The Senate effort to undo the Affordable Care Act failed dramatically early Friday morning, with Sen. John McCain casting a deciding "no" vote. The promise of repeal has animated the Republican Party for seven years, and the defeat was a devastating loss for the GOP and President Trump.
ROBERT SIEGEL, HOST:
And I'm Robert Siegel in Washington where the big news is a shakeup at the White House. This afternoon, President Donald Trump announced on Twitter that he has a new chief of staff. Out is Reince Priebus, the former chair of the Republican National Committee. His six-month tenure was bumpy. In is John Kelly, the current secretary of Homeland Security. We'll have more on that story in a moment. But first, health care.
KELLY MCEVERS, HOST:
For seven years and three elections, the promise of repealing the Affordable Care Act was the animating force in the Republican Party. Late last night, Republicans failed to deliver on that promise. The Senate rejected legislation to dismantle Obamacare by one vote. And it was a Republican, Arizona Senator John McCain, who cast the decisive vote to defeat it. NPR congressional correspondent Susan Davis was there last night, and she is with us again to talk about what this means for health care and for the Republican Party. Hey there, Sue.
SUSAN DAVIS, BYLINE: Hey again, Kelly.
MCEVERS: Hey. So as we said, you were there watching the vote. What was it like?
DAVIS: You know, for a congressional reporter, this was a moment better than Shakespeare.
DAVIS: If you remember, you know, earlier this week, John McCain - who was recently given a very serious brain cancer diagnosis - had dramatically returned to Washington to cast a decisive vote that let the Senate begin this health care debate. And then late last night or early this morning, he ended up casting the vote that essentially ended that debate.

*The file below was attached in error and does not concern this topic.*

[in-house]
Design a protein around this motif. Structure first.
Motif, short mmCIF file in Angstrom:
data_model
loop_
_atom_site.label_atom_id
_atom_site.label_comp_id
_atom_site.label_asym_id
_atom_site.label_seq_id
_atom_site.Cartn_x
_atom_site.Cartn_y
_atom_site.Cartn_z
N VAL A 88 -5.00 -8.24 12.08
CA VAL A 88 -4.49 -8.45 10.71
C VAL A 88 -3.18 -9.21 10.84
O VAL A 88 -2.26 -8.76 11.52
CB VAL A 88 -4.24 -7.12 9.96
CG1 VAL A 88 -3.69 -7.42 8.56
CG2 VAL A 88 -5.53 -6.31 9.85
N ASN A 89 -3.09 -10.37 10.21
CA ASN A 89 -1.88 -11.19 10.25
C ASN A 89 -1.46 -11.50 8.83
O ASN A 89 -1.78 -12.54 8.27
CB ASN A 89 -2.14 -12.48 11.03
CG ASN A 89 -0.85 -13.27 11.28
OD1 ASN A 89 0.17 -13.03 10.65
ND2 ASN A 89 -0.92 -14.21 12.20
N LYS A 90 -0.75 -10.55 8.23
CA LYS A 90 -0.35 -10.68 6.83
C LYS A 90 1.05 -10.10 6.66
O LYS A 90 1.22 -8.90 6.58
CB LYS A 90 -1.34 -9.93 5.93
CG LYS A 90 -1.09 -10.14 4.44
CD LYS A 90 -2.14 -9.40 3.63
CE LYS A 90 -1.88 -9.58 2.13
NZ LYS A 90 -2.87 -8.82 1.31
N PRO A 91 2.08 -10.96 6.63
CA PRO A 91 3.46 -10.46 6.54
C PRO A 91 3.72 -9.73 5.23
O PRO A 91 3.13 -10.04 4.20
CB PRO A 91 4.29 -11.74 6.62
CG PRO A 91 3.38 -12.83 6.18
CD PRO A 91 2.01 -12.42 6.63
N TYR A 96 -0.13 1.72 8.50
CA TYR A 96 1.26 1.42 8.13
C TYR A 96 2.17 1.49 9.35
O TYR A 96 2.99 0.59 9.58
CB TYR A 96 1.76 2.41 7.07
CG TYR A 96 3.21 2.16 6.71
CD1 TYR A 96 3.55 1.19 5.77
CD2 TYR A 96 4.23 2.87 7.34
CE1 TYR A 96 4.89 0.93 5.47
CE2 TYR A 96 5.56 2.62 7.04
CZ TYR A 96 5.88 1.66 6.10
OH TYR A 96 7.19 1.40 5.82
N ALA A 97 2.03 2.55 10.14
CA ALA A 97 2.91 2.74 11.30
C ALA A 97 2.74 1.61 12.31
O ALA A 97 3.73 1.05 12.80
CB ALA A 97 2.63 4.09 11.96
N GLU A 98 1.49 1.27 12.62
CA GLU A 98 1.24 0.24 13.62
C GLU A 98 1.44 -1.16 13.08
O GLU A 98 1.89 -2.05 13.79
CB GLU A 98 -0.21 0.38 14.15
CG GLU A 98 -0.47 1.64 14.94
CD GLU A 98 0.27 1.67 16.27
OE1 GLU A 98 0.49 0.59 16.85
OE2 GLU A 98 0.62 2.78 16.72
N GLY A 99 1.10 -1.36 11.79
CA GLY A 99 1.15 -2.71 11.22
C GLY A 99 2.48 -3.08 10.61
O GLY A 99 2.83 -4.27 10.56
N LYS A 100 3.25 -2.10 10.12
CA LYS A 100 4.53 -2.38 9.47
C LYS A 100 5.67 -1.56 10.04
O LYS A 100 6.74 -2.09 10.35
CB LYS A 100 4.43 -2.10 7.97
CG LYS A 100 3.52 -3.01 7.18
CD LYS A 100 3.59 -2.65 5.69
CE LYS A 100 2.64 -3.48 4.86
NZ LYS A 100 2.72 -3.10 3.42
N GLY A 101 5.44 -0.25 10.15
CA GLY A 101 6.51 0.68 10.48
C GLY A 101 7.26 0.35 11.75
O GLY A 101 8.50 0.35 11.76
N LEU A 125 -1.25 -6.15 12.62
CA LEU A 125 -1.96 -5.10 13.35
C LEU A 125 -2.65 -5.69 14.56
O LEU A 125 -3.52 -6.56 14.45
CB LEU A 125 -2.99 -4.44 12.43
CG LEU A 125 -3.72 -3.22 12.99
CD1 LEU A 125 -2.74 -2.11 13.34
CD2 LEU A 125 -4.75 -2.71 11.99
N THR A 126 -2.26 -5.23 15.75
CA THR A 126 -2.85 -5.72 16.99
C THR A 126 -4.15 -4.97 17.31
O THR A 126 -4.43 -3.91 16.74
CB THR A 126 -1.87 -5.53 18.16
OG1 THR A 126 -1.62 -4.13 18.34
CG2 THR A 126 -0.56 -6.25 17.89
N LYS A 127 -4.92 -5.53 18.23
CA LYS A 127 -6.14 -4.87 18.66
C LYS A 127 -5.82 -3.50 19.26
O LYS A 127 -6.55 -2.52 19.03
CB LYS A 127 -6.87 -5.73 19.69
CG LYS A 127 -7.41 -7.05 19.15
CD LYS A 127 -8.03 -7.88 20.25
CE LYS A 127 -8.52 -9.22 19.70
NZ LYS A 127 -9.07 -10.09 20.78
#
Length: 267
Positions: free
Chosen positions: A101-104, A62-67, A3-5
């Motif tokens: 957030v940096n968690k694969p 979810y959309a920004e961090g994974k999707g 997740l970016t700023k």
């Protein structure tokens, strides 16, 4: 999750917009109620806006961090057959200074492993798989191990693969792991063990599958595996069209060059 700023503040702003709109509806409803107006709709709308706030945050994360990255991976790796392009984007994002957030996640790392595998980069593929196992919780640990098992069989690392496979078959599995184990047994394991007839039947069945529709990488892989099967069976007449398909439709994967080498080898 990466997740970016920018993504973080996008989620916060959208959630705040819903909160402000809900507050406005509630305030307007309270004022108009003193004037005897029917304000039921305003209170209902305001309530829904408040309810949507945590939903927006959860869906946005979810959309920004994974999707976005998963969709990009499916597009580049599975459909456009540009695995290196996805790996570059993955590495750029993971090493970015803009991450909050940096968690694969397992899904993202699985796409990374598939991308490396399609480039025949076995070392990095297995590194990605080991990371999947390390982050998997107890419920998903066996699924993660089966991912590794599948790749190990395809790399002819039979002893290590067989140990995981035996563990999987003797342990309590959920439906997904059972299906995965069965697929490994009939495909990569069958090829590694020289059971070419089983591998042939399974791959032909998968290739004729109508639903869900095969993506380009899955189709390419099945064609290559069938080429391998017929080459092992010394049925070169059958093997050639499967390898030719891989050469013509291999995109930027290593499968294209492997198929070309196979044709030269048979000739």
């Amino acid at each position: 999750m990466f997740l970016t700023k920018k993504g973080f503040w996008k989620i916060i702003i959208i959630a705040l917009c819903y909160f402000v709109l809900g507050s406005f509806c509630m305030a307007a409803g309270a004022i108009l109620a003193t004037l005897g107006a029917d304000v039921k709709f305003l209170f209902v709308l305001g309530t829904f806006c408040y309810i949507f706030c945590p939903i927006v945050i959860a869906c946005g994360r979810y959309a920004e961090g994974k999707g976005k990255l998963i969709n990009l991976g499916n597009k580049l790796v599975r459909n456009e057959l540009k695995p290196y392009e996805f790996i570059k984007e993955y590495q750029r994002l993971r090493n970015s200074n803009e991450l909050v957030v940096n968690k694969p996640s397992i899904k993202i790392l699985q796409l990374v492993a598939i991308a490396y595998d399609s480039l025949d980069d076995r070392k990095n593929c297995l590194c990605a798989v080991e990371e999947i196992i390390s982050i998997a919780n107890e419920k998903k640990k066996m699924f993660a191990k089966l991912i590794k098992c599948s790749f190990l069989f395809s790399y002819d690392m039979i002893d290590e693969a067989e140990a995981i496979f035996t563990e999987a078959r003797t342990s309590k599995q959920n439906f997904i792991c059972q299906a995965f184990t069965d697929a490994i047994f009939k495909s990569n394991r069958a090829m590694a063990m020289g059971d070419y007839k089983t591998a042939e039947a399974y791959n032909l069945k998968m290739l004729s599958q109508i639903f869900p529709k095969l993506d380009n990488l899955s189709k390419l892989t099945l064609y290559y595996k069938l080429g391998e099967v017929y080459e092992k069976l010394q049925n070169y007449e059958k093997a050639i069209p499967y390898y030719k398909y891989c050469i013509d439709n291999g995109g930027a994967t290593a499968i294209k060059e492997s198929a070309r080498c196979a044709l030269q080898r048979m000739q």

It was really a show-stopping moment on the Senate floor when he approached the dais and raised his arm and pointed down, indicating he was going to vote no. There was audible gasps and some applause in the Senate chamber. And remember that, you know, in the story of Obamacare, there was this moment last night where President Obama's 2008 presidential rival...
DAVIS: ...May have just played a very pivotal role in protecting Obama's health care law.
MCEVERS: What happens next on health care?
DAVIS: You know, Mitch McConnell warned that if Republicans failed on going this alone, they would have to turn to Democrats. And Democrats are saying, we're ready to deal on health care and maybe even more. This is what Minority Leader Chuck Schumer had to say today.
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CHUCK SCHUMER: So on health care, but also in the Senate as a whole, I hope what John McCain did will be regarded in history as a turning point where the Senate turned back from its partisanship and started working together. We long for it. We yearn to work together.
DAVIS: That, of course, is not as easy as it sounds. Democrats do have a lot of ideas on health care, but a lot of those ideas also involve spending a lot more federal money to back up the system. And I don't think it should come as any surprise that Republicans are not very eager to do that.
MCEVERS: Regardless of what happens in the future, I mean, this moment right now feels pretty big politically. I mean, this has been a core issue for the Republican Party and for President Trump. What's the fallout been? What are you hearing on Capitol Hill?
DAVIS: You know, there's two ways to look at it. There's sort of the policy question, the governing question. I talked to Senator Mike Rounds last night. And Republicans were sort of stunned coming off the floor. And he said, we have some tough questions to ask ourselves. And we have some tough questions to figure out our agenda moving forward. In the short term, Republicans want to pivot. They want to start talking about their other priority, to overhaul the tax code. But I don't think there's any delusion on Capitol Hill that that's going to be equally as hard.
And then you have the political question, the political fallout. You know, Senator Ted Cruz, a conservative from Texas, was talking to reporters also after the vote. And he said, you know, there's a lot of Americans that we promised we were going to do this. And those Americans are going to feel betrayed. They're going to feel lied to. And that - they're not unjustified in feeling that way. And he suggested that, heading into the 2018 midterms where the party in power tends to take some hits, that the Republican Party should potentially brace itself for some blowback from voters who feel betrayed that the Republican Party couldn't make good on its promise.
MCEVERS: NPR's Susan Davis. Thank you.
DAVIS: You bet. Transcript provided by NPR, Copyright NPR.